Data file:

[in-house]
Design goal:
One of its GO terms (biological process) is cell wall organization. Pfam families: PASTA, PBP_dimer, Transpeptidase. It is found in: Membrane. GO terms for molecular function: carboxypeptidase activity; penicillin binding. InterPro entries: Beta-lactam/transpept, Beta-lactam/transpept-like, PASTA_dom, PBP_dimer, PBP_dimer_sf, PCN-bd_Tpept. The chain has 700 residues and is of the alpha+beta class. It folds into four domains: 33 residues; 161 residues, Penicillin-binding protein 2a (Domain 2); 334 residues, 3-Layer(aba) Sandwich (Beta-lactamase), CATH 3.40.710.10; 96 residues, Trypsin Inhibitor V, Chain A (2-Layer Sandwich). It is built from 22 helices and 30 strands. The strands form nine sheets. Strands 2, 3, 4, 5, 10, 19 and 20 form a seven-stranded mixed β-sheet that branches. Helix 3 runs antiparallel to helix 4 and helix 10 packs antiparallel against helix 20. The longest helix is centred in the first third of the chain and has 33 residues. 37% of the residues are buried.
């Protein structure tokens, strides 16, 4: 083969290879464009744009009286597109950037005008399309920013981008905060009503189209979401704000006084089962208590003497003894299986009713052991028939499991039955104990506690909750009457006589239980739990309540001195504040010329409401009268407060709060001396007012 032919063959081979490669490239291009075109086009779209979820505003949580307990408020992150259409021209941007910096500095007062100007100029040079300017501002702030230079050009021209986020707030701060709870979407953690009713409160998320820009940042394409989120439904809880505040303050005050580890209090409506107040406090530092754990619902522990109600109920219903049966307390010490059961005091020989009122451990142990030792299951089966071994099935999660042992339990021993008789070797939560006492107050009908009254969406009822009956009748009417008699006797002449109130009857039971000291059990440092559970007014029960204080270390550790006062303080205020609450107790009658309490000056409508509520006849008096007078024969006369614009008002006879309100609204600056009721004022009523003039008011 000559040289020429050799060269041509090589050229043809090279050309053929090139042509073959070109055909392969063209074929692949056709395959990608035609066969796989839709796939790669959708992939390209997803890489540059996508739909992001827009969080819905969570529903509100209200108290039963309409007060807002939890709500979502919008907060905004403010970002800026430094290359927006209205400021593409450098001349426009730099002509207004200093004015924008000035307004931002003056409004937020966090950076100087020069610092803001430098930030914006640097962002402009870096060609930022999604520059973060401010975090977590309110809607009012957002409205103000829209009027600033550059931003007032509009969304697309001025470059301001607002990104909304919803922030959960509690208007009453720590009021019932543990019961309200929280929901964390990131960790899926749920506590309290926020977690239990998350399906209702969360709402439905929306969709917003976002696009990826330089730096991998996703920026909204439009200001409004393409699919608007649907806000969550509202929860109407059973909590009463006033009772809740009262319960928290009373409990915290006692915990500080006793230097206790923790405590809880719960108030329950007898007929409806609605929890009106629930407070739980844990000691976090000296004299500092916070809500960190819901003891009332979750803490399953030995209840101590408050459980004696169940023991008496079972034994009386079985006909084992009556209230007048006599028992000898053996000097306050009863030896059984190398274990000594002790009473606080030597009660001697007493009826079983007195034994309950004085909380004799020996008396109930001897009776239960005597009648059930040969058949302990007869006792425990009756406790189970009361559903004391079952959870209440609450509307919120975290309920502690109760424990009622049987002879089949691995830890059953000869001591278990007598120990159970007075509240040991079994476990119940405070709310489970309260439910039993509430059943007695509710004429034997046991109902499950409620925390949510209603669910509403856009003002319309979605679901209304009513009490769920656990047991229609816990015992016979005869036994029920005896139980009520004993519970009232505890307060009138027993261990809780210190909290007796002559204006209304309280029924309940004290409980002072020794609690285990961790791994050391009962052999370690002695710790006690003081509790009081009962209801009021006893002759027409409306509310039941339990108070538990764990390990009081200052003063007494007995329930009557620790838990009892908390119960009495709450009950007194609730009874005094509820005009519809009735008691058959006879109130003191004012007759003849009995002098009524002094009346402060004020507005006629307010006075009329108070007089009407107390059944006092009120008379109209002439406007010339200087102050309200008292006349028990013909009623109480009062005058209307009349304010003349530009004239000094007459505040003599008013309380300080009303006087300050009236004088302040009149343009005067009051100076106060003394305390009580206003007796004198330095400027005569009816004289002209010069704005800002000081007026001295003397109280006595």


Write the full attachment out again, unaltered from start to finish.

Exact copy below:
[in-house]
Design goal:
One of its GO terms (biological process) is cell wall organization. Pfam families: PASTA, PBP_dimer, Transpeptidase. It is found in: Membrane. GO terms for molecular function: carboxypeptidase activity; penicillin binding. InterPro entries: Beta-lactam/transpept, Beta-lactam/transpept-like, PASTA_dom, PBP_dimer, PBP_dimer_sf, PCN-bd_Tpept. The chain has 700 residues and is of the alpha+beta class. It folds into four domains: 33 residues; 161 residues, Penicillin-binding protein 2a (Domain 2); 334 residues, 3-Layer(aba) Sandwich (Beta-lactamase), CATH 3.40.710.10; 96 residues, Trypsin Inhibitor V, Chain A (2-Layer Sandwich). It is built from 22 helices and 30 strands. The strands form nine sheets. Strands 2, 3, 4, 5, 10, 19 and 20 form a seven-stranded mixed β-sheet that branches. Helix 3 runs antiparallel to helix 4 and helix 10 packs antiparallel against helix 20. The longest helix is centred in the first third of the chain and has 33 residues. 37% of the residues are buried.
């Protein structure tokens, strides 16, 4: 083969290879464009744009009286597109950037005008399309920013981008905060009503189209979401704000006084089962208590003497003894299986009713052991028939499991039955104990506690909750009457006589239980739990309540001195504040010329409401009268407060709060001396007012 032919063959081979490669490239291009075109086009779209979820505003949580307990408020992150259409021209941007910096500095007062100007100029040079300017501002702030230079050009021209986020707030701060709870979407953690009713409160998320820009940042394409989120439904809880505040303050005050580890209090409506107040406090530092754990619902522990109600109920219903049966307390010490059961005091020989009122451990142990030792299951089966071994099935999660042992339990021993008789070797939560006492107050009908009254969406009822009956009748009417008699006797002449109130009857039971000291059990440092559970007014029960204080270390550790006062303080205020609450107790009658309490000056409508509520006849008096007078024969006369614009008002006879309100609204600056009721004022009523003039008011 000559040289020429050799060269041509090589050229043809090279050309053929090139042509073959070109055909392969063209074929692949056709395959990608035609066969796989839709796939790669959708992939390209997803890489540059996508739909992001827009969080819905969570529903509100209200108290039963309409007060807002939890709500979502919008907060905004403010970002800026430094290359927006209205400021593409450098001349426009730099002509207004200093004015924008000035307004931002003056409004937020966090950076100087020069610092803001430098930030914006640097962002402009870096060609930022999604520059973060401010975090977590309110809607009012957002409205103000829209009027600033550059931003007032509009969304697309001025470059301001607002990104909304919803922030959960509690208007009453720590009021019932543990019961309200929280929901964390990131960790899926749920506590309290926020977690239990998350399906209702969360709402439905929306969709917003976002696009990826330089730096991998996703920026909204439009200001409004393409699919608007649907806000969550509202929860109407059973909590009463006033009772809740009262319960928290009373409990915290006692915990500080006793230097206790923790405590809880719960108030329950007898007929409806609605929890009106629930407070739980844990000691976090000296004299500092916070809500960190819901003891009332979750803490399953030995209840101590408050459980004696169940023991008496079972034994009386079985006909084992009556209230007048006599028992000898053996000097306050009863030896059984190398274990000594002790009473606080030597009660001697007493009826079983007195034994309950004085909380004799020996008396109930001897009776239960005597009648059930040969058949302990007869006792425990009756406790189970009361559903004391079952959870209440609450509307919120975290309920502690109760424990009622049987002879089949691995830890059953000869001591278990007598120990159970007075509240040991079994476990119940405070709310489970309260439910039993509430059943007695509710004429034997046991109902499950409620925390949510209603669910509403856009003002319309979605679901209304009513009490769920656990047991229609816990015992016979005869036994029920005896139980009520004993519970009232505890307060009138027993261990809780210190909290007796002559204006209304309280029924309940004290409980002072020794609690285990961790791994050391009962052999370690002695710790006690003081509790009081009962209801009021006893002759027409409306509310039941339990108070538990764990390990009081200052003063007494007995329930009557620790838990009892908390119960009495709450009950007194609730009874005094509820005009519809009735008691058959006879109130003191004012007759003849009995002098009524002094009346402060004020507005006629307010006075009329108070007089009407107390059944006092009120008379109209002439406007010339200087102050309200008292006349028990013909009623109480009062005058209307009349304010003349530009004239000094007459505040003599008013309380300080009303006087300050009236004088302040009149343009005067009051100076106060003394305390009580206003007796004198330095400027005569009816004289002209010069704005800002000081007026001295003397109280006595």